Things You'll Need
Mild dish soap
Water-based car polishing compound
More aggressive scratch removal methods include sanding, applying an epoxy resin patching compound, sanding again and then applying enamel, which must be expertly color-matched lest it stand out more than the scratch. Unless you have experience with this type of work, it's best left to trained professionals.
The key to removing scratches from fiberglass is to know whether the project is one you can successfully tackle yourself. While it's laudable to approach small repairs in your bathtub or shower with enthusiasm, it also pays to be long on realism. Such is the balance you should aim for when you assess scratched fiberglass. Two low-risk removal methods will give you a good start.
Clean the fiberglass with soapy water and a sponge so that you can get a good look at the scratch. The depth – not the length – will provide a good idea of the work ahead. If the scratch is a shallow surface scratch, you should be able to remove it yourself. A deeper scratch – or one that that you can easily wedge a fingernail into – might require the expertise of a fiberglass refinisher.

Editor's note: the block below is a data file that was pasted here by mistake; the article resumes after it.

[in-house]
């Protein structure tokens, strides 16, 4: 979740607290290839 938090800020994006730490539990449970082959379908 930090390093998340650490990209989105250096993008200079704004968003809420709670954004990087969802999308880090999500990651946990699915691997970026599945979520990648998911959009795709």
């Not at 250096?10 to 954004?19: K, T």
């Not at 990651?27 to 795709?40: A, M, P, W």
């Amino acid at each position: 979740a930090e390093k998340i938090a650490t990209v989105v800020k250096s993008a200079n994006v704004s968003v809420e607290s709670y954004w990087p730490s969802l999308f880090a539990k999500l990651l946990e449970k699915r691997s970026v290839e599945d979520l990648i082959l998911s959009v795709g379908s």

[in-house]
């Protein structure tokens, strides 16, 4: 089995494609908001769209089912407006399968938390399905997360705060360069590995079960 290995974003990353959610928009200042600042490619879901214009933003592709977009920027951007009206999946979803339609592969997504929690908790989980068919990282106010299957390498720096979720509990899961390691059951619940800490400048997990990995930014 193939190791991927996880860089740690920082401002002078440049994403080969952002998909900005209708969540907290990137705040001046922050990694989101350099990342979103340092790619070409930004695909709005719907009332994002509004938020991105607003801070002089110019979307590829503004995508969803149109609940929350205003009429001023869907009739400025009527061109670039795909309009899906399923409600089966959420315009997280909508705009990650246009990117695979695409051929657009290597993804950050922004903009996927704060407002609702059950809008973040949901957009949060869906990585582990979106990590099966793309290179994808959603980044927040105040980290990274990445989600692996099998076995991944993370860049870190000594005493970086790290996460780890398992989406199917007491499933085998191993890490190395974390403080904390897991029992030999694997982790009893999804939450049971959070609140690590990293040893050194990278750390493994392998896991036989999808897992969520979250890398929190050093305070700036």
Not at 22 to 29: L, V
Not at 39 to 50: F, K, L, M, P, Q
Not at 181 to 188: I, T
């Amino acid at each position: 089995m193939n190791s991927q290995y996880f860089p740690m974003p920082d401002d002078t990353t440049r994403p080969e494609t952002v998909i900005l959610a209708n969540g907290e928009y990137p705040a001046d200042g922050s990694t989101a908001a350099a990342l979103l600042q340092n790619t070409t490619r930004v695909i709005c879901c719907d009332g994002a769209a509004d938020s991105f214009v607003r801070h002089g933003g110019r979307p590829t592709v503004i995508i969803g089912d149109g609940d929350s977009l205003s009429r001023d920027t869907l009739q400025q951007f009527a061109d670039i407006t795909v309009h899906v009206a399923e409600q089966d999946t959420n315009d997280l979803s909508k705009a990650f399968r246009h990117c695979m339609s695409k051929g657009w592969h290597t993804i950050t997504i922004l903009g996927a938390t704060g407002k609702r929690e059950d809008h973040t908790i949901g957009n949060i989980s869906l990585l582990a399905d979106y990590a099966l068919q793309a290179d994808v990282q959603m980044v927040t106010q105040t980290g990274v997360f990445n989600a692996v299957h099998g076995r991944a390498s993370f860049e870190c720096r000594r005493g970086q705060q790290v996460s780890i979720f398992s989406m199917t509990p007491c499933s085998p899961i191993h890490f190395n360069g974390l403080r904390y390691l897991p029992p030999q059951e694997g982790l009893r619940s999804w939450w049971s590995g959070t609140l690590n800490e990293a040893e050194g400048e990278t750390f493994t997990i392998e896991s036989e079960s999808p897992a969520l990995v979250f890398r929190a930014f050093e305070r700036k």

Dip a rag into a jar of petroleum jelly and rub the scratch in a circular motion. Expect to repeat the application many times before you see a noticeable difference in the appearance of the scratch.
Apply a small amount of polishing compound to a soft cloth if the petroleum jelly fails to remove the scratch. Rub the compound into the scratch in a circular motion. Rub your finger over the scratch to assess your progress. Repeat this process several times, or until the scratch disappears.
Wipe away the compound with a rag. Apply a coat of fiberglass wax to the surface, unless the location would jeopardize personal safety, such as in the standing area of a fiberglass shower. Follow the directions on the wax to seal the repair properly.
With education, health care and small business marketing as her core interests, M.T. Wroblewski has penned pieces for Woman's Day, Family Circle, Ladies Home Journal and many newspapers and magazines. She holds a master's degree in journalism from Northern Illinois University.